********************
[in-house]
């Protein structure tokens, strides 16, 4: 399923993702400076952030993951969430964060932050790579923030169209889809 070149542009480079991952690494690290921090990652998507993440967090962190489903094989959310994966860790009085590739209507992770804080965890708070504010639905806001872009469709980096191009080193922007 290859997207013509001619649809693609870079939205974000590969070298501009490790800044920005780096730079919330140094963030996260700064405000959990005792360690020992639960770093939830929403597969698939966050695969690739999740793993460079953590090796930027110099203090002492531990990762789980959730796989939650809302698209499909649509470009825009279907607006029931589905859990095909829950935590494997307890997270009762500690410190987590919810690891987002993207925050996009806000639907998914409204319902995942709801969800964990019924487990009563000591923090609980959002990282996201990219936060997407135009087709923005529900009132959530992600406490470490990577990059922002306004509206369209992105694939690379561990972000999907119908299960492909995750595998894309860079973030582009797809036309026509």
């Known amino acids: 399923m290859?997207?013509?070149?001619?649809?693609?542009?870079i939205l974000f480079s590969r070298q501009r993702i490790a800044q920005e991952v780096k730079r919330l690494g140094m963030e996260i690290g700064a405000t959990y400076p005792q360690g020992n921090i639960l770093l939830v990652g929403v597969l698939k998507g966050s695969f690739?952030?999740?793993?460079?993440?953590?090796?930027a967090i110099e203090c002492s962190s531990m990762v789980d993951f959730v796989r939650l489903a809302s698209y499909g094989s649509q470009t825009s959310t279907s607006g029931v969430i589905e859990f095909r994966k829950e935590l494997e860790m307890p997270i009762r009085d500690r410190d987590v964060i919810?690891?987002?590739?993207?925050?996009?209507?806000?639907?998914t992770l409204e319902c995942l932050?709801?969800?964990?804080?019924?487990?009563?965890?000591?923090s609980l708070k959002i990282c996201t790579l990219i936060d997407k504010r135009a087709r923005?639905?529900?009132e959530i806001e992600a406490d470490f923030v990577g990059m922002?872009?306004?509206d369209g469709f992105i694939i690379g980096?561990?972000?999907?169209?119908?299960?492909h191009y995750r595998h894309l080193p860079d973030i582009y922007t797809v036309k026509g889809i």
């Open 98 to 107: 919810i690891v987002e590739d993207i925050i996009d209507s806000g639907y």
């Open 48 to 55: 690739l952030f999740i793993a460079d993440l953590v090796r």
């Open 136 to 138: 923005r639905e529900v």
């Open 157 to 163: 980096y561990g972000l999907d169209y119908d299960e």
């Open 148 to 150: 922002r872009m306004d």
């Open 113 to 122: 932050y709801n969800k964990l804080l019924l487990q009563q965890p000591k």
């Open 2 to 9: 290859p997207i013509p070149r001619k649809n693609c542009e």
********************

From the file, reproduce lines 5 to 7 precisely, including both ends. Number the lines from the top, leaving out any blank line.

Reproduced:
């Open 48 to 55: 690739l952030f999740i793993a460079d993440l953590v090796r």
């Open 136 to 138: 923005r639905e529900v």
């Open 157 to 163: 980096y561990g972000l999907d169209y119908d299960e």